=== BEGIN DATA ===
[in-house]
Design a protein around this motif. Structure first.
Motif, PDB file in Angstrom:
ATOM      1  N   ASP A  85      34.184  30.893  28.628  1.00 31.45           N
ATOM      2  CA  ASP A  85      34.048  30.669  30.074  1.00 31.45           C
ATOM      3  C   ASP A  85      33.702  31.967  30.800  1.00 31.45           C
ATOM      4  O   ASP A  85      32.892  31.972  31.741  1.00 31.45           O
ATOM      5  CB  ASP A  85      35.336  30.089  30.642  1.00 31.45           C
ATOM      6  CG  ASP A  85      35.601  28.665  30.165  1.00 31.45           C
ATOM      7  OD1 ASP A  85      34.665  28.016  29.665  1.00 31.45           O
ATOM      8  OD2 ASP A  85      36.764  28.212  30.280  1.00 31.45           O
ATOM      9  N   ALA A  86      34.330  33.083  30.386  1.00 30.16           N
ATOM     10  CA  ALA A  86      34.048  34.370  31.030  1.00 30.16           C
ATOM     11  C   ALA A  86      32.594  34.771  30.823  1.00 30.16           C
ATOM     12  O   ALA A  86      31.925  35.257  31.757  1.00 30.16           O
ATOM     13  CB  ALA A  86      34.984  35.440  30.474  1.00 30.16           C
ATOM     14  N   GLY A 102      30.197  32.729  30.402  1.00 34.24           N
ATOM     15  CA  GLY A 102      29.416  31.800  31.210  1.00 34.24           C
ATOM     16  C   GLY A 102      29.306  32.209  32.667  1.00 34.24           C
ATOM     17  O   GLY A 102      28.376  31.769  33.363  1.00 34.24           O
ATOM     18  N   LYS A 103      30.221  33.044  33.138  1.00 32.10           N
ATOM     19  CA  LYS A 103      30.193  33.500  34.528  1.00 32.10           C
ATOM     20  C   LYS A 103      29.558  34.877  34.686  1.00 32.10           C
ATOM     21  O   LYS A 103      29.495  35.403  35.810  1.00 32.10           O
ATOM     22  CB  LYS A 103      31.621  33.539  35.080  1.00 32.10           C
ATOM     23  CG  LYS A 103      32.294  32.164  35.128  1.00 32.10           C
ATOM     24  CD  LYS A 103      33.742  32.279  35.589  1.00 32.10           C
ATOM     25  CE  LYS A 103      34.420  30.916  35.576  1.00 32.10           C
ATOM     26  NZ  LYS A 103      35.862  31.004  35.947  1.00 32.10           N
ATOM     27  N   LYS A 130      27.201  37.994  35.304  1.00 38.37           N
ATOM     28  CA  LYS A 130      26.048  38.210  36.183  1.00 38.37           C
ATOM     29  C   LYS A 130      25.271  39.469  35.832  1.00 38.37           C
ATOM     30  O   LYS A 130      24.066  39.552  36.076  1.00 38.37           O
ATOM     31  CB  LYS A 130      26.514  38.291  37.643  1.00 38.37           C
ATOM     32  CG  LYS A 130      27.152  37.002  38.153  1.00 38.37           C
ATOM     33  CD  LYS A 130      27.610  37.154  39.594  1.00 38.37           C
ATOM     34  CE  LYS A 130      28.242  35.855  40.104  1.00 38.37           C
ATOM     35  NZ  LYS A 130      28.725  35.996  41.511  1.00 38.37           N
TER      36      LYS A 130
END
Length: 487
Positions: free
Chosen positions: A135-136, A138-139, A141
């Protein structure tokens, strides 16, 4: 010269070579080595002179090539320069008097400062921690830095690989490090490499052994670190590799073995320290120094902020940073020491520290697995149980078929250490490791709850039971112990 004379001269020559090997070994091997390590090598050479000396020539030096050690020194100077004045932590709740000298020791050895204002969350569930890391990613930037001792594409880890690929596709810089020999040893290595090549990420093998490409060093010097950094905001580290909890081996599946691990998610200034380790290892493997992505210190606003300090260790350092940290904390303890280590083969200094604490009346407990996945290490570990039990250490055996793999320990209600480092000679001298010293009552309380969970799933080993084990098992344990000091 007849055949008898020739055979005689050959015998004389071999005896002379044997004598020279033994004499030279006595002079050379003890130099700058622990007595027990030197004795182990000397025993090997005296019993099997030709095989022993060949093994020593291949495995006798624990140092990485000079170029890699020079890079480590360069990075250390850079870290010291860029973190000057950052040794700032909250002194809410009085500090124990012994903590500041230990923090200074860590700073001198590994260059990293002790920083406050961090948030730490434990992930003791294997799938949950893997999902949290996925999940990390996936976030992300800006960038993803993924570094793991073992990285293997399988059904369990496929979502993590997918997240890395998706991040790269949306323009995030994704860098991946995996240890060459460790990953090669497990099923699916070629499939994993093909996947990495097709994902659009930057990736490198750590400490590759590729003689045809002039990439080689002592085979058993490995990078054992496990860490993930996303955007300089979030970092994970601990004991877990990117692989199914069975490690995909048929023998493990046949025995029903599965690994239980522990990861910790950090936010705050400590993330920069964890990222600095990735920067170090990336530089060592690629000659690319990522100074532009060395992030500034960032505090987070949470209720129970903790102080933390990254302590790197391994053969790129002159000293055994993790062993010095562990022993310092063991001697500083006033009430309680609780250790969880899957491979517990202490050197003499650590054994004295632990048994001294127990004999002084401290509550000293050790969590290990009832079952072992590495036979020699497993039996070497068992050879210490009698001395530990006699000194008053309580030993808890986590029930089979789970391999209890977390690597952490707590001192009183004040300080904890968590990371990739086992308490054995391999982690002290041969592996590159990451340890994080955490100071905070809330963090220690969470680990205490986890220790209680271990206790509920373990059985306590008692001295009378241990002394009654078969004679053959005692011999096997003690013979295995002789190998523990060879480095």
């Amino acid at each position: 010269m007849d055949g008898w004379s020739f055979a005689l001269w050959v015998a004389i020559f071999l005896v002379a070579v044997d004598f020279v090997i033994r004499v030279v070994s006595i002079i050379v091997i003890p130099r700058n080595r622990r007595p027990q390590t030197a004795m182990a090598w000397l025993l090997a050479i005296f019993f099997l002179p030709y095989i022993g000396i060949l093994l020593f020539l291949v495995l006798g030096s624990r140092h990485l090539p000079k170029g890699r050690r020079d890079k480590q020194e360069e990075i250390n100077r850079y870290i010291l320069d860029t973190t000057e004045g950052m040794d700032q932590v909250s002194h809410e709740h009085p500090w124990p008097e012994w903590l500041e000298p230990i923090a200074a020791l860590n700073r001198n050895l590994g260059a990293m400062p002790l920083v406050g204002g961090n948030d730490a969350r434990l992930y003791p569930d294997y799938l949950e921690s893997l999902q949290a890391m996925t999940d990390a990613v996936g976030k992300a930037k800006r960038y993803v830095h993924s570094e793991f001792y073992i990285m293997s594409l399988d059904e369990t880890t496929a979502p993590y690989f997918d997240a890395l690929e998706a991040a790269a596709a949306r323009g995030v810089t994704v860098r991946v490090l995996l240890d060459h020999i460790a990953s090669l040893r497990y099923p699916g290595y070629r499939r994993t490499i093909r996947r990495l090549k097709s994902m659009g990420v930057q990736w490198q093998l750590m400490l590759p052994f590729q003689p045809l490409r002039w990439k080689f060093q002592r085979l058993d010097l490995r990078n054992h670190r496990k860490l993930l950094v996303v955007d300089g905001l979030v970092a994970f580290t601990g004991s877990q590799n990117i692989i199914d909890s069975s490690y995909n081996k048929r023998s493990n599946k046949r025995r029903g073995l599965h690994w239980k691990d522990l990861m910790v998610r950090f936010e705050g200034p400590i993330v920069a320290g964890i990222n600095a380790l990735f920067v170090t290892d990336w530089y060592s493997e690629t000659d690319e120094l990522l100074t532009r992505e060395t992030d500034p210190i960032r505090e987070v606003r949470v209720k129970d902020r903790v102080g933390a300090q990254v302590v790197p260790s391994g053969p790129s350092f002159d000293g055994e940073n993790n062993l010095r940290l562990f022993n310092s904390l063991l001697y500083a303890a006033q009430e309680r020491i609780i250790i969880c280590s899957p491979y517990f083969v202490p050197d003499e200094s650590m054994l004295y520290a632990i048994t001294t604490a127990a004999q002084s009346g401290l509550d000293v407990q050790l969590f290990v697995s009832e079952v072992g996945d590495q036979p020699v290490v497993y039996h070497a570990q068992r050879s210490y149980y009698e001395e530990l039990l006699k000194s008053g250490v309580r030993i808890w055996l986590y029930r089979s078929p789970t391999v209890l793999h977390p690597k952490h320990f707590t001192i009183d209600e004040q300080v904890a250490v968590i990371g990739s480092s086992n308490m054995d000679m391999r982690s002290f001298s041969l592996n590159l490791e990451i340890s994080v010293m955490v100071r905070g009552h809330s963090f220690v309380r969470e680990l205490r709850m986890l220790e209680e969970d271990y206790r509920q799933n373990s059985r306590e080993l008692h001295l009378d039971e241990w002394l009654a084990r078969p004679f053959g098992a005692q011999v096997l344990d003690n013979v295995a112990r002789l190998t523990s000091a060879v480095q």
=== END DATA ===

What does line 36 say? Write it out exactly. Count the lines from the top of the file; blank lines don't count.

ATOM     33  CD  LYS A 130      27.610  37.154  39.594  1.00 38.37           C